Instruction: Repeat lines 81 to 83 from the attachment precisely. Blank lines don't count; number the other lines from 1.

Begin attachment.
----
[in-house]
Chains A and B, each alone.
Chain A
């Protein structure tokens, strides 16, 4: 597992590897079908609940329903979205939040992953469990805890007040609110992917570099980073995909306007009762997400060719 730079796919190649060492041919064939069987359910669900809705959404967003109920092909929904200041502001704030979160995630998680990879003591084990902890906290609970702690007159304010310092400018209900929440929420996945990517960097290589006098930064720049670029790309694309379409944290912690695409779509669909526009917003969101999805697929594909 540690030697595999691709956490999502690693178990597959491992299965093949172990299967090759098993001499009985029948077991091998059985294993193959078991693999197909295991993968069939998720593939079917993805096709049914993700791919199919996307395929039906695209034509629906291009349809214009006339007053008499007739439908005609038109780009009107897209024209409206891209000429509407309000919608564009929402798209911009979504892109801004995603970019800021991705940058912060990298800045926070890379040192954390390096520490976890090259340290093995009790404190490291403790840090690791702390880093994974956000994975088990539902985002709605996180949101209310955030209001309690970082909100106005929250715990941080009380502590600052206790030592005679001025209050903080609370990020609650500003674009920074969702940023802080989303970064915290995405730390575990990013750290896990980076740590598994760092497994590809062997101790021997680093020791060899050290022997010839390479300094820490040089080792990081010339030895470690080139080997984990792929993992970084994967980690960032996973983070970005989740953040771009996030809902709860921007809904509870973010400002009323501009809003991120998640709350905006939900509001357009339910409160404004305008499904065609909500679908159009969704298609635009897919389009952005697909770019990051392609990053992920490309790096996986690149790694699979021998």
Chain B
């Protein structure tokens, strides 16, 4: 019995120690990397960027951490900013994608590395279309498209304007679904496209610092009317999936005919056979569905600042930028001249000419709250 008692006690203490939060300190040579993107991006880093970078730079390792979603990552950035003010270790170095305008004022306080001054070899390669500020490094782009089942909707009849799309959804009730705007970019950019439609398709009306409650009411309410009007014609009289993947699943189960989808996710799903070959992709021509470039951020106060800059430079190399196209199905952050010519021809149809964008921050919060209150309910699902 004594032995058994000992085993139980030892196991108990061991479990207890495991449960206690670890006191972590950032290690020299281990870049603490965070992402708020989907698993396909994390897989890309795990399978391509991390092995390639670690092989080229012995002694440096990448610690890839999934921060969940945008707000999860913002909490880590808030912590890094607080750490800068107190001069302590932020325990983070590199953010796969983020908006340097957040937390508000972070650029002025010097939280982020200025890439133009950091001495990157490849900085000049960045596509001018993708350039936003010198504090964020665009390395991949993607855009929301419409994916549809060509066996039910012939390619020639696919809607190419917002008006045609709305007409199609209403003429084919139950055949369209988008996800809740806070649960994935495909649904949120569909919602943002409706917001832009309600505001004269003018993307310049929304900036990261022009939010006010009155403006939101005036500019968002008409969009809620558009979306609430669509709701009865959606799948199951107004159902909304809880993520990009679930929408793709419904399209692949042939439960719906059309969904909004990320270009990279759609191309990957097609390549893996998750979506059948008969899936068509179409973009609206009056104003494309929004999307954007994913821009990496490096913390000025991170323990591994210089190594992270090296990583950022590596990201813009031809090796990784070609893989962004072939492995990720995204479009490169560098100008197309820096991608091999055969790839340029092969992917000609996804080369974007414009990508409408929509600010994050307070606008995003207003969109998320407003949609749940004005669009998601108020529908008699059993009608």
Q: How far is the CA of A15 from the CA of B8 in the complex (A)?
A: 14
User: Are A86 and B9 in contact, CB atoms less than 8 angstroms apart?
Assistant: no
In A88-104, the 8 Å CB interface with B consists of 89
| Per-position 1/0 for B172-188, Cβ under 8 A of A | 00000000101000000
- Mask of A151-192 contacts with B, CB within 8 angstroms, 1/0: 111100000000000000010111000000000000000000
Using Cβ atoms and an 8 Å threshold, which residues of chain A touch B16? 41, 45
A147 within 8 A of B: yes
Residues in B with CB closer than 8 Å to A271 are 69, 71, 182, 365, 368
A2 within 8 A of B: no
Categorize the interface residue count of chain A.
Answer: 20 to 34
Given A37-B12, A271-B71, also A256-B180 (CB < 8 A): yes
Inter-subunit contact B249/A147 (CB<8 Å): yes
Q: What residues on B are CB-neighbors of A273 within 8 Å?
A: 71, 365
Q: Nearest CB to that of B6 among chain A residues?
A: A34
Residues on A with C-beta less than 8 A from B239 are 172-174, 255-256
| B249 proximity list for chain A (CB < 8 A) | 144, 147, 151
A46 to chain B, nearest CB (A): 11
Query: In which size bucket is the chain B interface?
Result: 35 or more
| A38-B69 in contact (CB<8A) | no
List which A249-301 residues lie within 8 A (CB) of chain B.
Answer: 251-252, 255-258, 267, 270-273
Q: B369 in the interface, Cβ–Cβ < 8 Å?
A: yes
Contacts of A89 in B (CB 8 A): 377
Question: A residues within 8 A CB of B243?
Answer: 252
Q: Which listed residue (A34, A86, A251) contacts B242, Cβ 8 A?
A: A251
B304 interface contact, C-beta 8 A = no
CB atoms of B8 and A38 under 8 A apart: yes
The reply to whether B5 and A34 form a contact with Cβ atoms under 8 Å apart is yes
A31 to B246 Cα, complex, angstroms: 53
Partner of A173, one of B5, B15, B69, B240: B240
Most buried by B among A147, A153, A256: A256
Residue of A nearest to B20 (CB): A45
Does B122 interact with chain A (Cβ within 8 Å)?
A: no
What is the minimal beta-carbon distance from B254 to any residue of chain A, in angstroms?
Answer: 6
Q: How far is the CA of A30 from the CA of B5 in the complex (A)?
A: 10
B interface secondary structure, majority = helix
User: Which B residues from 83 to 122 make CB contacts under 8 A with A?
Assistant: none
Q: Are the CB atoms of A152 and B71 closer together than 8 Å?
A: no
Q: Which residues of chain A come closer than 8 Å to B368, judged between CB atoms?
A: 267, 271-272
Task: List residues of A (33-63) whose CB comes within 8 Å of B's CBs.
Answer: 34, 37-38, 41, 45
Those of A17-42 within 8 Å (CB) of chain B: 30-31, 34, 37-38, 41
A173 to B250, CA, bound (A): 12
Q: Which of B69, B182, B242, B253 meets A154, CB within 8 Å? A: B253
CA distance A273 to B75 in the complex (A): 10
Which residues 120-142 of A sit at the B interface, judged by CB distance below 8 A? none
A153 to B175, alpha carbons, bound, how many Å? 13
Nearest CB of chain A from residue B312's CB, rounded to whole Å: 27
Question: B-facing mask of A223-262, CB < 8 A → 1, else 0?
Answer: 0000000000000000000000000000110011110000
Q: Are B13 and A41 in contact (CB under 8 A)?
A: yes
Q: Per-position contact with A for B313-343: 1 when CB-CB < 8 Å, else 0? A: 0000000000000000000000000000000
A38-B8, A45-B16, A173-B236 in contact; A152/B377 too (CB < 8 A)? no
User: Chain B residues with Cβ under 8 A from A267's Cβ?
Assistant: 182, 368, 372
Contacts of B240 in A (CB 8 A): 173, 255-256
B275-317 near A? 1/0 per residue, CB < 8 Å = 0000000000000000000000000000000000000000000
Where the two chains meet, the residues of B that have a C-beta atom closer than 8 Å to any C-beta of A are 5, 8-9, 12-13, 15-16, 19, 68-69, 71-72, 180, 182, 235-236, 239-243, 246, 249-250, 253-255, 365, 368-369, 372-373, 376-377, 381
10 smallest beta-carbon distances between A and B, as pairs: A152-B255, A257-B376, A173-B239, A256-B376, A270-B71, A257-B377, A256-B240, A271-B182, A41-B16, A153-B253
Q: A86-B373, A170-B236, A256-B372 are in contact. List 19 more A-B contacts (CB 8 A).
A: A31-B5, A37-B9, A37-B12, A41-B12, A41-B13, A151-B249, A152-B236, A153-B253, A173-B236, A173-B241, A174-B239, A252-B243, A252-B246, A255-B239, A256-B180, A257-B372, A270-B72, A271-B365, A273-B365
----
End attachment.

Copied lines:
10 smallest beta-carbon distances between A and B, as pairs: A152-B255, A257-B376, A173-B239, A256-B376, A270-B71, A257-B377, A256-B240, A271-B182, A41-B16, A153-B253
Q: A86-B373, A170-B236, A256-B372 are in contact. List 19 more A-B contacts (CB 8 A).
A: A31-B5, A37-B9, A37-B12, A41-B12, A41-B13, A151-B249, A152-B236, A153-B253, A173-B236, A173-B241, A174-B239, A252-B243, A252-B246, A255-B239, A256-B180, A257-B372, A270-B72, A271-B365, A273-B365